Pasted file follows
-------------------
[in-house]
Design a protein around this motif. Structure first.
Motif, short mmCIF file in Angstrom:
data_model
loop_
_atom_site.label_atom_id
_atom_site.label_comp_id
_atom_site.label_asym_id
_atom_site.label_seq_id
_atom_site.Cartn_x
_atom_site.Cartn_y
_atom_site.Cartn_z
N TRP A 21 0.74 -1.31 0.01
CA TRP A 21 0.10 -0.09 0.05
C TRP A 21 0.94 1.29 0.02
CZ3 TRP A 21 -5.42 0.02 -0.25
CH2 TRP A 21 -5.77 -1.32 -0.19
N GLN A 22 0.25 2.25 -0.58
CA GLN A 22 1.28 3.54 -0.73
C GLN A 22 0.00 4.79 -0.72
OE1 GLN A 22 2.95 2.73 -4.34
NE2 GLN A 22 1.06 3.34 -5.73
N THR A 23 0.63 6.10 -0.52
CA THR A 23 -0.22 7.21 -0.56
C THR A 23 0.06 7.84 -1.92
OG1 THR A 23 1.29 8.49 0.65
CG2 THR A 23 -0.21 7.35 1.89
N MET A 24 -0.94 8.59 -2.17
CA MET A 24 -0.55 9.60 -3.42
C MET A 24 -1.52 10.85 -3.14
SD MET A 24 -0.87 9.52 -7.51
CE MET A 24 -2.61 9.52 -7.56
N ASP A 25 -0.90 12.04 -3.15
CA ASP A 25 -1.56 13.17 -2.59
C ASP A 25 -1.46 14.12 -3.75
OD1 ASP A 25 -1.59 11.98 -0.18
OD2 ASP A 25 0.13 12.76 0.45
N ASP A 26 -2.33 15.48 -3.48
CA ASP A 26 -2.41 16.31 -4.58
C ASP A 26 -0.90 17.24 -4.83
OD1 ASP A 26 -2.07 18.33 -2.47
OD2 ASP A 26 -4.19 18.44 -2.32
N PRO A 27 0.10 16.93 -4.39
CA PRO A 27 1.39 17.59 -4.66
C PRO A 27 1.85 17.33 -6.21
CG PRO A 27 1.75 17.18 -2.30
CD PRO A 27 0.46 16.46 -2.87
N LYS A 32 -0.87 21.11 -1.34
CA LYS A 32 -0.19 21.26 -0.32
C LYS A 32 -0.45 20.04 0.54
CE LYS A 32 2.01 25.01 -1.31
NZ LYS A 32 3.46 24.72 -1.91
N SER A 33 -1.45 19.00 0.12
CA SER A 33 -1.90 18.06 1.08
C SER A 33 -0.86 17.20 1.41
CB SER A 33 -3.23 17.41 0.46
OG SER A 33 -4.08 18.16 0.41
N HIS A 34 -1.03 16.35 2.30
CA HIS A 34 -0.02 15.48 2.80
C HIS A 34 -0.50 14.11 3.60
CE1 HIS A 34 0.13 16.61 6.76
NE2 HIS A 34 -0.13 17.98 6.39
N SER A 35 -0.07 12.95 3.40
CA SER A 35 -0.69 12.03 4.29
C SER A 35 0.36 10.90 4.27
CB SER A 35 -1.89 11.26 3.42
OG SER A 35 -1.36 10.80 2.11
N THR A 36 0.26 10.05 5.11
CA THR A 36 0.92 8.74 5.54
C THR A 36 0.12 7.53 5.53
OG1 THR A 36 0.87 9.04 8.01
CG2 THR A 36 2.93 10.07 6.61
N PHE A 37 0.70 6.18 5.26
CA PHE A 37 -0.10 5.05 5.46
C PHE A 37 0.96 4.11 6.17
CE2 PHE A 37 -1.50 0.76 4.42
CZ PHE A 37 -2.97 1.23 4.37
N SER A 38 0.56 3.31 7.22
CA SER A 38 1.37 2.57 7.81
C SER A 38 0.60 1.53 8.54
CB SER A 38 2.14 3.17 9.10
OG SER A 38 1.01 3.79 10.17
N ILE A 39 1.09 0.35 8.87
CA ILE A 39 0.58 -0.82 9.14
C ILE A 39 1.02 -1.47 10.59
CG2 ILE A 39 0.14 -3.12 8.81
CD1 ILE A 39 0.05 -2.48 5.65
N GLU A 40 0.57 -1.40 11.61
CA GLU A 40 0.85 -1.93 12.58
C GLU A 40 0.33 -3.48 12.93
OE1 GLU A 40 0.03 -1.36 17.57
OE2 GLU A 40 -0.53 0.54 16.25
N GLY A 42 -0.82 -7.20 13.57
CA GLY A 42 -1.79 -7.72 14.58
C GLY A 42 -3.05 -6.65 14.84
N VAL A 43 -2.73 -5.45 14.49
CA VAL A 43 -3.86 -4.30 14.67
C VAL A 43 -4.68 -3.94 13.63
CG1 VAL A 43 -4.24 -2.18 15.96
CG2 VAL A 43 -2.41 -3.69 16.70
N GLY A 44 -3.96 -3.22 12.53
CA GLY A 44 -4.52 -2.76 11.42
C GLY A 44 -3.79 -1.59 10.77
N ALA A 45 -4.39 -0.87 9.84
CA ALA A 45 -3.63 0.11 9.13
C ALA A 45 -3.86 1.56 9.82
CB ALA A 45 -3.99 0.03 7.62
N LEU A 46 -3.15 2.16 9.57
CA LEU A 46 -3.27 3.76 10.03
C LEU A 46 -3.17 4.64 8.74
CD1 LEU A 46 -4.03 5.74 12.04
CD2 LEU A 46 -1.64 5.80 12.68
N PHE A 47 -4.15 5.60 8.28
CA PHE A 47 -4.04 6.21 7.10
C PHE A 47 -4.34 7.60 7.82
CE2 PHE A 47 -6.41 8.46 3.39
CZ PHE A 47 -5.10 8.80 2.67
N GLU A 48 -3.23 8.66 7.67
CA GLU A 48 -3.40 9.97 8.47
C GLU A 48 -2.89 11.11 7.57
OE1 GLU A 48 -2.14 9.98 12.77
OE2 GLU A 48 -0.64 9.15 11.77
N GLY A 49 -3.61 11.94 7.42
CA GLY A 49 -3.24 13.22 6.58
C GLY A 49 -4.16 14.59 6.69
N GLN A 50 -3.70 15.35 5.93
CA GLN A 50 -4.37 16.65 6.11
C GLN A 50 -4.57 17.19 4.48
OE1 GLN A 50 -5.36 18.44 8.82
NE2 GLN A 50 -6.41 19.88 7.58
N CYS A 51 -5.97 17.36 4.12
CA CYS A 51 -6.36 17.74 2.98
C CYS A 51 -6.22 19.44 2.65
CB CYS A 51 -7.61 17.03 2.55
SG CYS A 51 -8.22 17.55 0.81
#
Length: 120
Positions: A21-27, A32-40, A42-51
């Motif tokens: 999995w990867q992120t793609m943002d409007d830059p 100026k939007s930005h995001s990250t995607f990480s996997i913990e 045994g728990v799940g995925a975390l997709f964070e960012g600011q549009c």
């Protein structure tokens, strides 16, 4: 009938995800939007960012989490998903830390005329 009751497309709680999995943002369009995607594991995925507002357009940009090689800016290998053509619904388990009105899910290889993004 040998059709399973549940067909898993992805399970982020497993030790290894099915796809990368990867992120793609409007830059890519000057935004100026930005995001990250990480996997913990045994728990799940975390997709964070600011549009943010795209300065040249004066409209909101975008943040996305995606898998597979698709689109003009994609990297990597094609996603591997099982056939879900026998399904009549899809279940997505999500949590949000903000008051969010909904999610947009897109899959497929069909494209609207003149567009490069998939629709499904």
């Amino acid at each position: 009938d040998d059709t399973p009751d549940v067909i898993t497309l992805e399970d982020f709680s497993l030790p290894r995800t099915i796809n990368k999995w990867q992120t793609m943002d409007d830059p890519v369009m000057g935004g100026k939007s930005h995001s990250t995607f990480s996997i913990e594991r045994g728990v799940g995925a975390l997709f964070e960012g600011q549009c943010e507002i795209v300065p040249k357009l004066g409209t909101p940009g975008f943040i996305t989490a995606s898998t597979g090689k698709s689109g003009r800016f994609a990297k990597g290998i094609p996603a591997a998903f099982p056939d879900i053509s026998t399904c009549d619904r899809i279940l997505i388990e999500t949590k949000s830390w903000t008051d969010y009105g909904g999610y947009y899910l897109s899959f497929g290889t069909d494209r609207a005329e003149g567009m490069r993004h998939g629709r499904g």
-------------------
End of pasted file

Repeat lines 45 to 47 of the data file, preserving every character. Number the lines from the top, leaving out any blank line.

C PRO A 27 1.85 17.33 -6.21
CG PRO A 27 1.75 17.18 -2.30
CD PRO A 27 0.46 16.46 -2.87